4:30 a.m. The U.S. is watching what follows from the summit between Russian President Vladimir Putin and North Korean leader Kim Jong Un and “will not hesitate to impose sanctions” if appropriate, State Department spokesman Matthew Miller says.

“When you see Kim Jong Un vowing to provide full, unconditional support for Russia’s so-called sacred fight to defend its security interests — which of course is not what it’s doing with respect to the war in Ukraine — that of course is troubling, ” Miller tells reporters.

The U.S. is looking for signs of weapons flowing from North Korea to Russia or in the other direction, Miller says.

Kim met with Putin at a space center in eastern Russia on Wednesday. Putin promised support for North Korea’s development of satellites, Yonhap News Agency reports. North Korea has sought to put satellites in orbit in violation of a United Nations Security Council ban on ballistic missile launches by Pyongyang.

“It is troubling when you see the Russians talking about cooperating with North Korea on programs that would violate U.N. Security Council Resolutions that Russia itself voted for,” Miller says. Read more about the summit here.

In this handout photo, Sevastopol Gov. Mikhail Razvozhaev speaks on the mobile phone as smoke and flame rise from a burning Sevastopol Shipyard in Crimea on Sept. 13. (Sevastopol Gov. Mikhail Razvozhaev telegram channel via AP)

Wednesday, Sept. 13

2:00 p.m. The Sevastopol Shipyard on the Crimean Peninsula was on fire early on Wednesday, and two ships were damaged after Ukraine launched 10 missiles and three speedboat attacks on the port, Russia’s defense ministry says. Seven missiles were downed by Russia’s air defense systems, and all three boats were destroyed by a patrol ship, the ministry said in a statement on the Telegram messaging app. “As a result of being hit by enemy cruise missiles, two ships under repair were damaged,” the ministry said.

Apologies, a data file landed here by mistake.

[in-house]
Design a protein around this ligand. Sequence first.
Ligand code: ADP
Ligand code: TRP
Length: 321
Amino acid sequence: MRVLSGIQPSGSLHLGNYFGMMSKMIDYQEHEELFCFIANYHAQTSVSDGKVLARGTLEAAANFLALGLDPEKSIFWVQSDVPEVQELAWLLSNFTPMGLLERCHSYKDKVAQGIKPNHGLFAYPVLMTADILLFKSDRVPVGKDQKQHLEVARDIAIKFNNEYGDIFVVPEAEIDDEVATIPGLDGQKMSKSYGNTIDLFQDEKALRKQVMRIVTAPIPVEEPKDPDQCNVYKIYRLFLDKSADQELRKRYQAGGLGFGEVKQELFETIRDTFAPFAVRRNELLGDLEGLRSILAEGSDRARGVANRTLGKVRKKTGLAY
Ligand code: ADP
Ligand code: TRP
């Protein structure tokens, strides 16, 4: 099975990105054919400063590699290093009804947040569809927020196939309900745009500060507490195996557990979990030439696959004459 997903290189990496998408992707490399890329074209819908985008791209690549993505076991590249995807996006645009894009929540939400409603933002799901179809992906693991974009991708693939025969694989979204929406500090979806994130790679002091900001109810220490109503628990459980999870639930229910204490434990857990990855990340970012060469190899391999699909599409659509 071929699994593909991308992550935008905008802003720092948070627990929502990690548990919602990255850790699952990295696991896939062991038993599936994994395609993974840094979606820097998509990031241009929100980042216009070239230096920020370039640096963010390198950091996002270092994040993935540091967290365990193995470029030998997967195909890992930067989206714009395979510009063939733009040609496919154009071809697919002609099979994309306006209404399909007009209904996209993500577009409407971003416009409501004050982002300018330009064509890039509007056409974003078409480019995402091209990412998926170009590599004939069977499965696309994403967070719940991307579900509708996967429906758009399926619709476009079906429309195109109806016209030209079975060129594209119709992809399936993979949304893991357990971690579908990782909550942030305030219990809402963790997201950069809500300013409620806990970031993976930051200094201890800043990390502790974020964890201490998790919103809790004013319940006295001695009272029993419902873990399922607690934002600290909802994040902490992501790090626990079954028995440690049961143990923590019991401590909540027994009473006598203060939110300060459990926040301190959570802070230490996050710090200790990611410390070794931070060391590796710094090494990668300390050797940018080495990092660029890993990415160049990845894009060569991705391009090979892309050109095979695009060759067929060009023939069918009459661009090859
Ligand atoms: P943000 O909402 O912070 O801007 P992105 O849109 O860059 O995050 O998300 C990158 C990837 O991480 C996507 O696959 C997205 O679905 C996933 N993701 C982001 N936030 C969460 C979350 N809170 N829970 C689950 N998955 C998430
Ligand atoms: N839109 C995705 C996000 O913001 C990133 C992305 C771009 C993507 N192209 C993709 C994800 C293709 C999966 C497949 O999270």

Russia’s President Vladimir Putin and North Korea’s leader Kim Jong Un visit the Vostochny Сosmodrome in the far eastern Amur region in Russia on Sept. 13. (Sputnik/Pool via Reuters)

1:51 p.m. North Korean leader Kim Jong Un met Russian President Vladimir Putin at a rocket launch site in eastern Russia on Wednesday, in their first meeting since 2019, Russian state media reports. Kim said before the meeting that his visit to Russia shows the strategic importance of Moscow and Pyongyang coming closer now that the U.S., Japan and South Korea are forming stronger bonds.

10:00 a.m. Ukraine carried out a missile attack on Sevastopol in Crimea early on Wednesday, with Russia’s air defense systems engaging against the assault, the Russia-installed governor of Sevastopol says. Mikhail Razvozhayev says on the Telegram messaging app that the attack caused a fire at a “noncivilian facility” in the port city. The scale and other details of the attack were not immediately known.

12:51 a.m. Foreign ministers from the Group of Seven major industrialized countries condemned the staging of what they called “sham elections” by Russia in occupied Ukrainian territories in a statement published by the British government.